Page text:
What Happens if I Don't Use My Google Voice Account?
By Aaron Charles
Google Voice, yet another tool from the Google realm that helps businesses, allows free voice calls to anyone in the U.S. and Canada. Once you sign up for a Google Voice account, Google policy requires that you use your account every so often in order to keep it active.
Once your business receives a Google Voice number, the clock starts running. If you don't use your Google Voice number by making or receiving a call or sending or receiving a text within nine months, Google will consider your number inactive. Once a number has gone inactive, it's possible that Google will reclaim the number, meaning that you'll need to start from scratch if you should want to use Google Voice again.
Google does note one exception to its number reclaiming policy. If you have a phone number "ported," or transferred, from another service provider to the Google Voice platform, Google will deactivate your Voice account after nine months of inactivity but won't confiscate the phone number. For example, as of the date of publication, Sprint and Google have a partnership that lets a Sprint subscriber port her Sprint number into a Google Voice account.
Although Google Voice is part of an overall Google account -- including Gmail, Drive and YouTube -- using any of these other services doesn't qualify as using your Google Voice account. If you need to take action to keep your Google Voice number active before it's deactivated, and for whatever reason you don't have anyone to call, simply call your personal cell or home number.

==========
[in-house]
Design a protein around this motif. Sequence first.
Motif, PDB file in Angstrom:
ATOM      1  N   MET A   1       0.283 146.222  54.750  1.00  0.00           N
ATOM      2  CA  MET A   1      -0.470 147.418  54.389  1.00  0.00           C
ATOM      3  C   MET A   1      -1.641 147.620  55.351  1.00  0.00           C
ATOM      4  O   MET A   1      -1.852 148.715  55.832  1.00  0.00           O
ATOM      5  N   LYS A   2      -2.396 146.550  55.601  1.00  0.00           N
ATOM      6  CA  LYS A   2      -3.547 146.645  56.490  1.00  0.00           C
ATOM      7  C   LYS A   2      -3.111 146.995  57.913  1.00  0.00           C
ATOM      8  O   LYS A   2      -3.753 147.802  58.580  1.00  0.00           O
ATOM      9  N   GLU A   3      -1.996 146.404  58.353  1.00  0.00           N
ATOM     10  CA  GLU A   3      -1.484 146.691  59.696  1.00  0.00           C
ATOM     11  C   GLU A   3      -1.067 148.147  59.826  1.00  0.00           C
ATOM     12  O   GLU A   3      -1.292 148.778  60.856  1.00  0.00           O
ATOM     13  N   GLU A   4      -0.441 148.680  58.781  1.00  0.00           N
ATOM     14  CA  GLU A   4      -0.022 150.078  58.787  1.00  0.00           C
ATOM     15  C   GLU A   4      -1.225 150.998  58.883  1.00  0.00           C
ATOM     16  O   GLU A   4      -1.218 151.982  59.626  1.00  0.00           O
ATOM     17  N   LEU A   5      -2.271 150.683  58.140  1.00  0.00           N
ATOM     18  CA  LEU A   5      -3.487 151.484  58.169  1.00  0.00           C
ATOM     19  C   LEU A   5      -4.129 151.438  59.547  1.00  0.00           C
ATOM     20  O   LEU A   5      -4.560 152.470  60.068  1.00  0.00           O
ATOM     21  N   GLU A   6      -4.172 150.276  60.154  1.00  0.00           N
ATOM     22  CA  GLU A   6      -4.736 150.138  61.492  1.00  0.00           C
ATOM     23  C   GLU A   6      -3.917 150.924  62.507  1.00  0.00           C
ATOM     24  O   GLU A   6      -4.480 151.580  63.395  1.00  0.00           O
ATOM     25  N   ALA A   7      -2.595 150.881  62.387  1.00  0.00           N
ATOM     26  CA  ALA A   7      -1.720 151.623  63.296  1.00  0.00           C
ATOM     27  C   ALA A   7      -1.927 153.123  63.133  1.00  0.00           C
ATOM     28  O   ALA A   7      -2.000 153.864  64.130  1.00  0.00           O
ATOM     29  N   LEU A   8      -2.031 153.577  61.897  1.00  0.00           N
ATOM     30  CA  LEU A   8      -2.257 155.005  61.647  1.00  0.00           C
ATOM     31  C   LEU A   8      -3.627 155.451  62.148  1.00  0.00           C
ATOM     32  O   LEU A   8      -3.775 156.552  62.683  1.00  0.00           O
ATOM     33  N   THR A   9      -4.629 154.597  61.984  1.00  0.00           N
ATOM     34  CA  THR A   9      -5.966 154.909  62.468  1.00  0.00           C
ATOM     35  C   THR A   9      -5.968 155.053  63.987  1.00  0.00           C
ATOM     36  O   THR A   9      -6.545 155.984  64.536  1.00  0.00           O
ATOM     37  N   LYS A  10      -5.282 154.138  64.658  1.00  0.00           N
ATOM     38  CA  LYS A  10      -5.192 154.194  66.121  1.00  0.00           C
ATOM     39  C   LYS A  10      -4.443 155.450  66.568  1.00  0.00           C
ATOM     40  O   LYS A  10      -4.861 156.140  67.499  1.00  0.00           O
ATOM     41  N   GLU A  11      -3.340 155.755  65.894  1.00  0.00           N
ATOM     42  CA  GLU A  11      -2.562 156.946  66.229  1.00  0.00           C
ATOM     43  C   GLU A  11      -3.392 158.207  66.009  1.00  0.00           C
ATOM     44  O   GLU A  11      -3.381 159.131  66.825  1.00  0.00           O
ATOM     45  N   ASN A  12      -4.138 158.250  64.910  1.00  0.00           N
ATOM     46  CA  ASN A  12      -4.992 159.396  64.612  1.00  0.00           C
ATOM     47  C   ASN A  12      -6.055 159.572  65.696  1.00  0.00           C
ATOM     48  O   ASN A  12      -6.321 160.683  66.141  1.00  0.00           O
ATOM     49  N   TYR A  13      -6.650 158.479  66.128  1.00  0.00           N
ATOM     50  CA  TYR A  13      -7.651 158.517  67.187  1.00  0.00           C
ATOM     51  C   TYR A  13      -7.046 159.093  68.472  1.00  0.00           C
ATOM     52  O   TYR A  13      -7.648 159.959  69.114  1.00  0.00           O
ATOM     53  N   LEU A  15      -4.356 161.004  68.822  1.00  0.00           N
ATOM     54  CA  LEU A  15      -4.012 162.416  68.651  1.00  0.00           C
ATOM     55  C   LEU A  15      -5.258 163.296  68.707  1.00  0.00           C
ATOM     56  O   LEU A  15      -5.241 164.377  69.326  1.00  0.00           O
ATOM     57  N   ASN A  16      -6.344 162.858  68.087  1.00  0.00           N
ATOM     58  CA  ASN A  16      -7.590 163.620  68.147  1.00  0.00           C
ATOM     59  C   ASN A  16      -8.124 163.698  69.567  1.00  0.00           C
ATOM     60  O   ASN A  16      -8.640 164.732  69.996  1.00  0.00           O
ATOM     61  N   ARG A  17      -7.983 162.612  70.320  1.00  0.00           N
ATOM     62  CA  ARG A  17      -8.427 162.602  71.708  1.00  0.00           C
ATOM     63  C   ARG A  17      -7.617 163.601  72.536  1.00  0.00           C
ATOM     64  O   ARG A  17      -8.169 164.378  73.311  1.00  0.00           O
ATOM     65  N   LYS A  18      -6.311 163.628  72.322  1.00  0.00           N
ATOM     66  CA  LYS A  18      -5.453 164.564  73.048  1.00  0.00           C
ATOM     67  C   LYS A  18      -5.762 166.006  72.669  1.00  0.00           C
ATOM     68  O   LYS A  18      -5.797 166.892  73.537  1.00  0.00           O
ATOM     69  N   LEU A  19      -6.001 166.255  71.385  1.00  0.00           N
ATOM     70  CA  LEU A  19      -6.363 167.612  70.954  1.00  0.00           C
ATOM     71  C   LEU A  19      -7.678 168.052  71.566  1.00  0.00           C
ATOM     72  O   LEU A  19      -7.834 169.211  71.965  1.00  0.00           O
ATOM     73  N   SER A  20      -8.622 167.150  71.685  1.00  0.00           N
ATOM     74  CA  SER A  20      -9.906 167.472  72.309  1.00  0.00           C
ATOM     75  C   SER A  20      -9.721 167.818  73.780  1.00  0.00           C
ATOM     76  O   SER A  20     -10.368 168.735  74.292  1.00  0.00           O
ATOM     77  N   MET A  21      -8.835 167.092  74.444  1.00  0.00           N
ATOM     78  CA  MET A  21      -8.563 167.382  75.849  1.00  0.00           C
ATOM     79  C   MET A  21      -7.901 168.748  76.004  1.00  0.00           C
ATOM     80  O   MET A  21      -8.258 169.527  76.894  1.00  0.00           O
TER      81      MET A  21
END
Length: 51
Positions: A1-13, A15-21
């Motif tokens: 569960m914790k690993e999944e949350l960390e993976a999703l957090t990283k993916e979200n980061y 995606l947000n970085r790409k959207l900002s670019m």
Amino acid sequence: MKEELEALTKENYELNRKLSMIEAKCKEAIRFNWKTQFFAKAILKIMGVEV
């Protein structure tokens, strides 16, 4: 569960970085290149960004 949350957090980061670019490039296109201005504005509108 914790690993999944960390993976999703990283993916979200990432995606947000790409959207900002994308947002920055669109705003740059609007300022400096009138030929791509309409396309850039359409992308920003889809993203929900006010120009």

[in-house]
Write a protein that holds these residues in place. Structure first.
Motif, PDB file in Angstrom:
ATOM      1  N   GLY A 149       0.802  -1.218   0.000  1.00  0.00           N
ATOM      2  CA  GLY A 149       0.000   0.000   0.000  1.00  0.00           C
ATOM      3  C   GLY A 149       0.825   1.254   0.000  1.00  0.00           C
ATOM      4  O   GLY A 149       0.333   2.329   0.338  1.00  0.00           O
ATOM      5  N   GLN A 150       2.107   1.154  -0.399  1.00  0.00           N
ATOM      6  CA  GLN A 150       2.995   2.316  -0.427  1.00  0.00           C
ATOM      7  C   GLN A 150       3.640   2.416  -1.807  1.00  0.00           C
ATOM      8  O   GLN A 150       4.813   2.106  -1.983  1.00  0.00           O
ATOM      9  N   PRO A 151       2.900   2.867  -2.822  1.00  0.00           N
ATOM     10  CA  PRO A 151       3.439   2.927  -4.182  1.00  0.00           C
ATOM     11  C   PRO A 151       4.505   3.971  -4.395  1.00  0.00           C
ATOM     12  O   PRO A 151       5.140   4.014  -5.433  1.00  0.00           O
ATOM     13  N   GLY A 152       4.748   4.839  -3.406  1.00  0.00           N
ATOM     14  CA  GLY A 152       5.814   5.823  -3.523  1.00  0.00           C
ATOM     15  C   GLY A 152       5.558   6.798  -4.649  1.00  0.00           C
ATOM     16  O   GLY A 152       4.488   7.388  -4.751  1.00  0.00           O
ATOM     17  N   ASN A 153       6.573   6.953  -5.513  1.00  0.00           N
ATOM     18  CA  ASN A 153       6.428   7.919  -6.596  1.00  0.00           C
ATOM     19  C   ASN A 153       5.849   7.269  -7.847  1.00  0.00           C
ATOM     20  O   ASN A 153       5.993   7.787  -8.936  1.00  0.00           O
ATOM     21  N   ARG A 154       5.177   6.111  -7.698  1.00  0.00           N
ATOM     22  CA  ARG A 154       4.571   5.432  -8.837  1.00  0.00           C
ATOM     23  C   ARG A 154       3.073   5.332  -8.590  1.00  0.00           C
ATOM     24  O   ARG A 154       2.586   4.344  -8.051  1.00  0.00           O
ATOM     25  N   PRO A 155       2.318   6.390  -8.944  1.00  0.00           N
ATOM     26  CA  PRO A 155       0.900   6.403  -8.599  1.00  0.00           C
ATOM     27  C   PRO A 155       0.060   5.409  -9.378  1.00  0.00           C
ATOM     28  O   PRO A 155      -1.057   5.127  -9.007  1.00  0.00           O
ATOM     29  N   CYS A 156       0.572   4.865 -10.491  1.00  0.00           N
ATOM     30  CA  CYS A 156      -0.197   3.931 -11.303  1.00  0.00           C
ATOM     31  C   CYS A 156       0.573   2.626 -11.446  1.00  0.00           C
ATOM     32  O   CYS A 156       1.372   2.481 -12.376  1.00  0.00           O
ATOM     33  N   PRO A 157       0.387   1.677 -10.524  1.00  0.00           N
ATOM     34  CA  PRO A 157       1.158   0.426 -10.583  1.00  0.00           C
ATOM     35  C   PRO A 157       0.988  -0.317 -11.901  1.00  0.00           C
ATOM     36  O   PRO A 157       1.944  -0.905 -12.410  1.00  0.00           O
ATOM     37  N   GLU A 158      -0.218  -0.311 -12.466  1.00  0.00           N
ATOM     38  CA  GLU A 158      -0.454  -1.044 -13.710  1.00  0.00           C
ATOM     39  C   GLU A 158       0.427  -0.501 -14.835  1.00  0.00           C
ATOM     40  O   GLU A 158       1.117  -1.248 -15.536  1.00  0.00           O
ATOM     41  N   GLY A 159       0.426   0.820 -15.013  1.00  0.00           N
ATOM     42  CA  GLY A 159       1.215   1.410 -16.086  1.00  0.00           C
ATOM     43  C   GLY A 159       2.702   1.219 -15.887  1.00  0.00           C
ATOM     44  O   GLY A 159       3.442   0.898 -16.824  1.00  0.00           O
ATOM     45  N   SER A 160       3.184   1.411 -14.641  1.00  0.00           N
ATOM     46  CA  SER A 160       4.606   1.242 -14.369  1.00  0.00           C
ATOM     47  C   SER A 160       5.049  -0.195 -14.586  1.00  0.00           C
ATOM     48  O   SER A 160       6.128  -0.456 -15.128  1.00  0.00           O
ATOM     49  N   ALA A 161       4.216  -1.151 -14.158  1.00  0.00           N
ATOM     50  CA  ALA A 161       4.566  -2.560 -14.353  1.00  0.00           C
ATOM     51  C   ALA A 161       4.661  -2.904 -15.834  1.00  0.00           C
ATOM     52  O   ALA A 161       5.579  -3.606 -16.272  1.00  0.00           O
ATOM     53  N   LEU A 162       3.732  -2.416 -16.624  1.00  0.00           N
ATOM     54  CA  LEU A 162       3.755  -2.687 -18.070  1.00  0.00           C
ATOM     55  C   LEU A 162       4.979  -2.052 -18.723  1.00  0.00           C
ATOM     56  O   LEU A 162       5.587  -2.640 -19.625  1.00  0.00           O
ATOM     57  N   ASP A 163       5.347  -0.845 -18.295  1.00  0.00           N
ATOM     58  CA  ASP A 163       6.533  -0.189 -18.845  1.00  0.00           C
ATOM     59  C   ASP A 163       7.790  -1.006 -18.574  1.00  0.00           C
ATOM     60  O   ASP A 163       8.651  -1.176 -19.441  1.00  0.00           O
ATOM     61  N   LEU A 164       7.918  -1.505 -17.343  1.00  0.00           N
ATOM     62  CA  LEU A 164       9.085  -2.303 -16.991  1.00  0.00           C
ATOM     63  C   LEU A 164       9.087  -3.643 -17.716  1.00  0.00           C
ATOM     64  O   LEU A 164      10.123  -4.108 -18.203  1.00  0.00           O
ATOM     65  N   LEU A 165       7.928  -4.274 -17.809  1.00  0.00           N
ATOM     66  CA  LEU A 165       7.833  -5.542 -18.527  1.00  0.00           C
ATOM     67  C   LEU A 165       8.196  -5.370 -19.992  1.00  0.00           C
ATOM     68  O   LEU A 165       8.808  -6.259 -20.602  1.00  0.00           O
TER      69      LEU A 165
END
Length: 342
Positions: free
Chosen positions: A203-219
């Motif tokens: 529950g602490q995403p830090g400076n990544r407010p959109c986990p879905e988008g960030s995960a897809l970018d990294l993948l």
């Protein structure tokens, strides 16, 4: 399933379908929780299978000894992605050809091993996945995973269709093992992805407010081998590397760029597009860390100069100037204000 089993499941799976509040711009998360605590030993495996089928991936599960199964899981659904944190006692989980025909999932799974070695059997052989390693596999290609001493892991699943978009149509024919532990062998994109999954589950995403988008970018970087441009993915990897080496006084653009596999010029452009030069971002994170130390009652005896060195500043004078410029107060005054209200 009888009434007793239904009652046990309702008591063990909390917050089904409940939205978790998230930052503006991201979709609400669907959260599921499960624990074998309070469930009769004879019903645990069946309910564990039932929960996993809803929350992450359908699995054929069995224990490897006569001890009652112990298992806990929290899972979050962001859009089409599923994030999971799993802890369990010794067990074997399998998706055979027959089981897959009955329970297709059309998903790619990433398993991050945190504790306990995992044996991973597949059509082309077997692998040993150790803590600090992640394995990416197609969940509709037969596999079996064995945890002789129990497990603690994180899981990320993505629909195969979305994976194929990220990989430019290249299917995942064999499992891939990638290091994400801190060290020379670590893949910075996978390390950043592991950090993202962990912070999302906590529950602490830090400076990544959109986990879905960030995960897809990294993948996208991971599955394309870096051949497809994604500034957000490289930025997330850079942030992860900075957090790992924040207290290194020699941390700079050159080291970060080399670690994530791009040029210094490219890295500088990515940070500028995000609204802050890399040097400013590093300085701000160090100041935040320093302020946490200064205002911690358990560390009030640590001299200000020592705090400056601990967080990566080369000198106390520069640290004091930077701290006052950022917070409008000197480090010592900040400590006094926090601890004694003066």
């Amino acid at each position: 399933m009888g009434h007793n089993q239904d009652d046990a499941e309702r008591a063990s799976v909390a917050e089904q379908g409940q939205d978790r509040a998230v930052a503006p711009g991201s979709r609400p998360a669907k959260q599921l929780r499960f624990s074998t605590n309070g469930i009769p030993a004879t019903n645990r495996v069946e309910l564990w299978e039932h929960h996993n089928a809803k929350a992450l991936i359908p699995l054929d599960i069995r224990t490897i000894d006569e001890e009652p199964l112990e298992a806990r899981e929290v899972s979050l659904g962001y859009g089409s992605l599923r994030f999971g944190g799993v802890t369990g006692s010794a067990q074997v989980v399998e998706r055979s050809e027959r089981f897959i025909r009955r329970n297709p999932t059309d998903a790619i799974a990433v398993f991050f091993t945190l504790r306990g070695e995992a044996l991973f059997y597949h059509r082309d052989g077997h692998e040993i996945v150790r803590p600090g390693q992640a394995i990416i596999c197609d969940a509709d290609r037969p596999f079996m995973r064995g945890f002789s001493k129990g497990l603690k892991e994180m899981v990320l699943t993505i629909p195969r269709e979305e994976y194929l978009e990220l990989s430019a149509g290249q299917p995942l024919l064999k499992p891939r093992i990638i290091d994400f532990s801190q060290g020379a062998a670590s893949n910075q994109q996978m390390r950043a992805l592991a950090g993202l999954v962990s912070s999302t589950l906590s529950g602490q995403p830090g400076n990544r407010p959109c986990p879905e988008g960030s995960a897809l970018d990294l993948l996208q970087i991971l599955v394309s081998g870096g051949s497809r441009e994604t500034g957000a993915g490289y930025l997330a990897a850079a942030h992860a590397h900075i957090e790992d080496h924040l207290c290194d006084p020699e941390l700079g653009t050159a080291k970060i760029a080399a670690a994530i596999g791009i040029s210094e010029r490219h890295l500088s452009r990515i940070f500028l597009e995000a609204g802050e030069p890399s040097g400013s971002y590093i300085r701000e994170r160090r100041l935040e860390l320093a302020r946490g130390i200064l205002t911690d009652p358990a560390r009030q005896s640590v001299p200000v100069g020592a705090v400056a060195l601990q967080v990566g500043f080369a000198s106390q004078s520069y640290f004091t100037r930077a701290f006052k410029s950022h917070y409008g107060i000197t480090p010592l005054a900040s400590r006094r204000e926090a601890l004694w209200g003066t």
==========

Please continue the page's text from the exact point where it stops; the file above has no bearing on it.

Another way to keep your account active is to sign up for Google's Inactive Account Manager. With this you can inform Google that you'll allow for a certain period of inactivity before Google automatically deactivates or deletes your Google account -- be it three, six, nine or twelve months. The Inactive Account Manager also covers Google Voice. If activated, it can give you an extra three months of inactivity when you opt for the twelve-month inactive period. To initiate this tool, sign in to your Gmail account, click your name next to your profile photo and then click "Account." Click "Learn More And Go To Setup" under the Account Management heading to get started.
Aaron Charles began writing about "pragmatic art" in 2006 for an online arts journal based in Minneapolis, Minn. After working for telecom giant Comcast and traveling to Oregon, he's written business and technology articles for both online and print publications, including Salon.com and "The Portland Upside."